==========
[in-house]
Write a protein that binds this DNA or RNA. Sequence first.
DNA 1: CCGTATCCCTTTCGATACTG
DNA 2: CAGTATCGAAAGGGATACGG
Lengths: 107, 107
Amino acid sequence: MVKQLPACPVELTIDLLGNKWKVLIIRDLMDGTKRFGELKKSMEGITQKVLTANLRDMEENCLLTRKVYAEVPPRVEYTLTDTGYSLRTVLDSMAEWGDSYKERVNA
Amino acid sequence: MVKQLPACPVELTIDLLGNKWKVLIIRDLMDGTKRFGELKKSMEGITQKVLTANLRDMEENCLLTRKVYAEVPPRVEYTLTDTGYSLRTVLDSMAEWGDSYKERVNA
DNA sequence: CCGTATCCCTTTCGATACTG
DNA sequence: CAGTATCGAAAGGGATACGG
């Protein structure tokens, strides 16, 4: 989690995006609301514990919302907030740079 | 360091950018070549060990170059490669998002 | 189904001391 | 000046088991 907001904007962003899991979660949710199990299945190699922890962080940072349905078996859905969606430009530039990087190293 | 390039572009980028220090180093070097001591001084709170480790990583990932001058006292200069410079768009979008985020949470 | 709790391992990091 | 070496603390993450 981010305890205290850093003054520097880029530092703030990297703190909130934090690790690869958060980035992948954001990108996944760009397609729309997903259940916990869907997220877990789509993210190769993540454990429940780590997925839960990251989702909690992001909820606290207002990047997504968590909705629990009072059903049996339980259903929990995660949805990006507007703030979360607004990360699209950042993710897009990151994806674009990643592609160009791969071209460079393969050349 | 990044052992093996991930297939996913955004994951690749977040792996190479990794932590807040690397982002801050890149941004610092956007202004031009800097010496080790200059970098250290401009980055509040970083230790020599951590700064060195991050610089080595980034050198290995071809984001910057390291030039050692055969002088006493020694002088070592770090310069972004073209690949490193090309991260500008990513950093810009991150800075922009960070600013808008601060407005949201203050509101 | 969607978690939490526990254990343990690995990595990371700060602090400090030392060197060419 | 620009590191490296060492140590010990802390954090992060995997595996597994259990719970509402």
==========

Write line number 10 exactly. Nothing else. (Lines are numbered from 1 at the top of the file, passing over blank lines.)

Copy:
């Protein structure tokens, strides 16, 4: 989690995006609301514990919302907030740079 | 360091950018070549060990170059490669998002 | 189904001391 | 000046088991 907001904007962003899991979660949710199990299945190699922890962080940072349905078996859905969606430009530039990087190293 | 390039572009980028220090180093070097001591001084709170480790990583990932001058006292200069410079768009979008985020949470 | 709790391992990091 | 070496603390993450 981010305890205290850093003054520097880029530092703030990297703190909130934090690790690869958060980035992948954001990108996944760009397609729309997903259940916990869907997220877990789509993210190769993540454990429940780590997925839960990251989702909690992001909820606290207002990047997504968590909705629990009072059903049996339980259903929990995660949805990006507007703030979360607004990360699209950042993710897009990151994806674009990643592609160009791969071209460079393969050349 | 990044052992093996991930297939996913955004994951690749977040792996190479990794932590807040690397982002801050890149941004610092956007202004031009800097010496080790200059970098250290401009980055509040970083230790020599951590700064060195991050610089080595980034050198290995071809984001910057390291030039050692055969002088006493020694002088070592770090310069972004073209690949490193090309991260500008990513950093810009991150800075922009960070600013808008601060407005949201203050509101 | 969607978690939490526990254990343990690995990595990371700060602090400090030392060197060419 | 620009590191490296060492140590010990802390954090992060995997595996597994259990719970509402």